Who can tell your ‘story’ best?

Farmers are often in the best position to deal with consumer confusion and inaccurate perceptions.

By Judie Steeves T

he closest most consumers get to the source of their food is the grocery store, so their decisions about what food they eat is based on where the grocery store is, rather than on who grew their food. That’s the warning of Andrew Campbell, a journalist and dairy farmer from Ontario who is passionate about the importance of getting an accurate message about farming out to consumers.

“If we don’t tell our story then others will, and it might not be the story we’d like told,” he advised a group of farmers recently.

Although people today are much more interested in where their food comes from, they are also inundated with choices in the market and often confused about labels such as natural, free-run, low-fat, farm-raised, gluten- free, whole-grain, non-dairy, preservative-free, eco-friendly and sustainable.

“The poor consumer doesn’t know what to think. He’s confused. More and more, food is being marketed as (just) good or bad too,” he comments. Although he reports that people are more concerned today about what goes into their food and they do trust farmers, on the whole, he says their image of a farmer is quite different from the reality of it.

While they see a romantic image of men wearing straw hats and carrying wicker baskets full of colourful produce, it’s more likely to be a woman in a ball cap operating a computerized piece of machinery.

It’s all about perception.

“Our stories don’t exist unless we tell them; and if we don’t tell them, consumers will begin to believe other people’s stories about us,” he warned, noting that PETA (People for the Ethical Treatment of Animals) is a business just like farming is a business. It’s important that farmers understand what the consumer sees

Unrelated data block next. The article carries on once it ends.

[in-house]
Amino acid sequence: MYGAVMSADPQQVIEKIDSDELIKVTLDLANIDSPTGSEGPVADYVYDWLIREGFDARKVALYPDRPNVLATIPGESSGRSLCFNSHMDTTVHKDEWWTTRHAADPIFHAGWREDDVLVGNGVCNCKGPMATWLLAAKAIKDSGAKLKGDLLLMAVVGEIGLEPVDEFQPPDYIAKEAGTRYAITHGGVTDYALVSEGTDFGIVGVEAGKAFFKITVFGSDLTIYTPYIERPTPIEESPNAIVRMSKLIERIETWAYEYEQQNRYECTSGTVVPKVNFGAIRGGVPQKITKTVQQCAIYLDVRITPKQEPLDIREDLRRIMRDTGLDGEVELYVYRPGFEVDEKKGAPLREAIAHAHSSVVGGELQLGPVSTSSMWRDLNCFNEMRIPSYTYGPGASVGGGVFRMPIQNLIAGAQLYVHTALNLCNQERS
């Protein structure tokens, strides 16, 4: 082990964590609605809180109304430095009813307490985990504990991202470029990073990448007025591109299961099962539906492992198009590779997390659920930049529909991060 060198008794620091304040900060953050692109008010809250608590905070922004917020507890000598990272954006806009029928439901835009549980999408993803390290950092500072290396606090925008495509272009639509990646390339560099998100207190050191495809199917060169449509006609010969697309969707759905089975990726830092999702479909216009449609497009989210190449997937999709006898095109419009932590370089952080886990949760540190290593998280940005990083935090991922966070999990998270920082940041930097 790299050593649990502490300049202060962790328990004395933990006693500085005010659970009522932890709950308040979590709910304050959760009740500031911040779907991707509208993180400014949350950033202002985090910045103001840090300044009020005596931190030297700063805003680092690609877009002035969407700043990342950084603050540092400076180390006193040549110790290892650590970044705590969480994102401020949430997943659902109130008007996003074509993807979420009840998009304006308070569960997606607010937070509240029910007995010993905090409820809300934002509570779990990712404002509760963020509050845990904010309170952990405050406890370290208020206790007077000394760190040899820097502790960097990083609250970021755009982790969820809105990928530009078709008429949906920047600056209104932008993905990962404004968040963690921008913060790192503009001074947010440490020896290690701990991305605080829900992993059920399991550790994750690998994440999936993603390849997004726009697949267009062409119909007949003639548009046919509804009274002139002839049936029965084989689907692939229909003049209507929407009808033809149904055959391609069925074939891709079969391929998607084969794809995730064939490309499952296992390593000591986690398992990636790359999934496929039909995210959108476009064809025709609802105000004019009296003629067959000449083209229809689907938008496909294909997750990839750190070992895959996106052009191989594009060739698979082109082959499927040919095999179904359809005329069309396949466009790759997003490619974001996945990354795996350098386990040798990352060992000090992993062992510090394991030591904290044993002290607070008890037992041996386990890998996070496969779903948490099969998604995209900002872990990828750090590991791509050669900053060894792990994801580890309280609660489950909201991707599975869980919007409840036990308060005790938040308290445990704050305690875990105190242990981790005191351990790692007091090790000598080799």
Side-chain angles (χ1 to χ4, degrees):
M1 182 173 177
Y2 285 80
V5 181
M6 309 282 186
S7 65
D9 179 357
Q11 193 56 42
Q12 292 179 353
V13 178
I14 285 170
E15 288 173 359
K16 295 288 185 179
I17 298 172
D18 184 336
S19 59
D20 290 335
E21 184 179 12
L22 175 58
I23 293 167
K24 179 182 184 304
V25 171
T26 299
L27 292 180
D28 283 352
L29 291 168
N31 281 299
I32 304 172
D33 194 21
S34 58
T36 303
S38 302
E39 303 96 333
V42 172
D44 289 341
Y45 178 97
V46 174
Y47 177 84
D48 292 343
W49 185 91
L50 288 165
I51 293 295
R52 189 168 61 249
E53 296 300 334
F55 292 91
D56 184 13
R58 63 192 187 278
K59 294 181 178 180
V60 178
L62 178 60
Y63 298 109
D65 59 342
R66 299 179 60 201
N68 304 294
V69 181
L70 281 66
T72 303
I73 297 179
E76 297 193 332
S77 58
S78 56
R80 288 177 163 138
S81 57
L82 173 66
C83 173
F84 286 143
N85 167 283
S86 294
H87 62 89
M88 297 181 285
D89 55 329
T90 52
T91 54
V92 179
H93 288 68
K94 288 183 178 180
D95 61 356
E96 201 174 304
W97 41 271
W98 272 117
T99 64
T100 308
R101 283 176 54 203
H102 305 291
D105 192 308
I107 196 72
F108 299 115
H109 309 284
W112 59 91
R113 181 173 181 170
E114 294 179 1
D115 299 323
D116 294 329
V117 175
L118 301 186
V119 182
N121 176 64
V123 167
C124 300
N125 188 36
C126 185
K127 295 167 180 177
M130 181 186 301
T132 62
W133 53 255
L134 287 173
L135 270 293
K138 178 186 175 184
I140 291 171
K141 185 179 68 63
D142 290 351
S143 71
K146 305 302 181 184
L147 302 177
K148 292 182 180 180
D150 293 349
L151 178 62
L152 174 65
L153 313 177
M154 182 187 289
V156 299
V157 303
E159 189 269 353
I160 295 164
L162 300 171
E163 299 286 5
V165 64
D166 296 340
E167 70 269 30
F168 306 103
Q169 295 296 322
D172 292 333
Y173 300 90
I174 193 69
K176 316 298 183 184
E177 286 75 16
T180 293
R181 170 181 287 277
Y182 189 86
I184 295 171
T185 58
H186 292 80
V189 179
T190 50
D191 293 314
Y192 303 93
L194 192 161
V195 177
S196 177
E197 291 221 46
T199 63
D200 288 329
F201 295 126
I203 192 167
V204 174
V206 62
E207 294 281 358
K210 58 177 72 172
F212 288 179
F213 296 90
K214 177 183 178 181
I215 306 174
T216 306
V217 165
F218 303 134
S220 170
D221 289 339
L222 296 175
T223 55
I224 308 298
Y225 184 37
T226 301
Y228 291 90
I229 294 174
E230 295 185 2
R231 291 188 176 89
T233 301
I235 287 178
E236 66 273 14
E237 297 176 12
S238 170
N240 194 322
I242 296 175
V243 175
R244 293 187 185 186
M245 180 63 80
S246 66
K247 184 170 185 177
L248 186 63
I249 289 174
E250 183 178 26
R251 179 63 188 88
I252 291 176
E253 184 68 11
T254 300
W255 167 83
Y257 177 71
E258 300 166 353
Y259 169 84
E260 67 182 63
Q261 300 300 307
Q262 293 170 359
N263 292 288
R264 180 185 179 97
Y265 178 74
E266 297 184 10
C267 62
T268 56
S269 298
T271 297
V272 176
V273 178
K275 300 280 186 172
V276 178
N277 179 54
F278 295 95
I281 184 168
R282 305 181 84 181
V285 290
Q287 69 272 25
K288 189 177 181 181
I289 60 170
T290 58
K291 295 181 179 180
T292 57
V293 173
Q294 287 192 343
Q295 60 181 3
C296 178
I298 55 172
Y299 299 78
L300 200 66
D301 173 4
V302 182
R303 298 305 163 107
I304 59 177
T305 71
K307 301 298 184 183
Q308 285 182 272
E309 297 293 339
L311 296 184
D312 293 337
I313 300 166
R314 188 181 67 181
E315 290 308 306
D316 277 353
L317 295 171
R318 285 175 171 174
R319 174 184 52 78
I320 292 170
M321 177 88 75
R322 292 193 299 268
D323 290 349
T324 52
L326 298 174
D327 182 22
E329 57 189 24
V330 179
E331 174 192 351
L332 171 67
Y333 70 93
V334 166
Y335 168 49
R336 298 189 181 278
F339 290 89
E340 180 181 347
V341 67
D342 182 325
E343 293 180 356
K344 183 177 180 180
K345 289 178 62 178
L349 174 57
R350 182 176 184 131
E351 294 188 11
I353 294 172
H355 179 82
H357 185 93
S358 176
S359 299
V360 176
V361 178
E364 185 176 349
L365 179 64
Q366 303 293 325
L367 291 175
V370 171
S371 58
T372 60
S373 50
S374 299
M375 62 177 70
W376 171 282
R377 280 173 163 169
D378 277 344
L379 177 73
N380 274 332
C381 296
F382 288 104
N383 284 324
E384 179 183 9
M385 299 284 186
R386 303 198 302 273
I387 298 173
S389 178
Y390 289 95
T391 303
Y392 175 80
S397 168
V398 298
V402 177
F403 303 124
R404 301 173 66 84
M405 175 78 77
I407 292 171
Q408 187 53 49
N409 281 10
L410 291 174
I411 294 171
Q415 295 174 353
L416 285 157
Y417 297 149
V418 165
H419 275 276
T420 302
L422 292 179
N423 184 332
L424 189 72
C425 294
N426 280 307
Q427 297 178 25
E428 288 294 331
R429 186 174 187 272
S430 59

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when he perceives a farmer, because it could be quite different from what a farmer sees. What the consumer sees is not necessarily what we actually do, he warned.

He suggested that social media are useful for the industry to tell its stories, but not the only way to do it. Since today

agriculture is not taught in school, Campbell suggested farmers make arrangements to tell a class in school the story of their farm. Today, that can be done in front of a computer linked up with a school, so you don’t need to lose most of the day travelling to the city to attend class in person. When telling your story, don’t bother trying to explain all the technical details of what you do or what makes your farm’s food safe or good. Provide your story in the form of the great image of your farm and its products.


Andrew Campbell speaks at the Investment Agriculture Foundation’s Showcase of B.C. Projects event.

Tell the story about why you farm: that it’s because you like the work, or you’re satisfied by sharing the good food you grow; or you like the healthy family lifestyle of living on the farm and growing food, he advised.

“Dig down and find your emotions. That will help you connect with consumers.

“If we don’t have this conversation with the consumer, we will fall behind. No one else is going to do it for us. “We have to tell people how proud we are to do what we do.”

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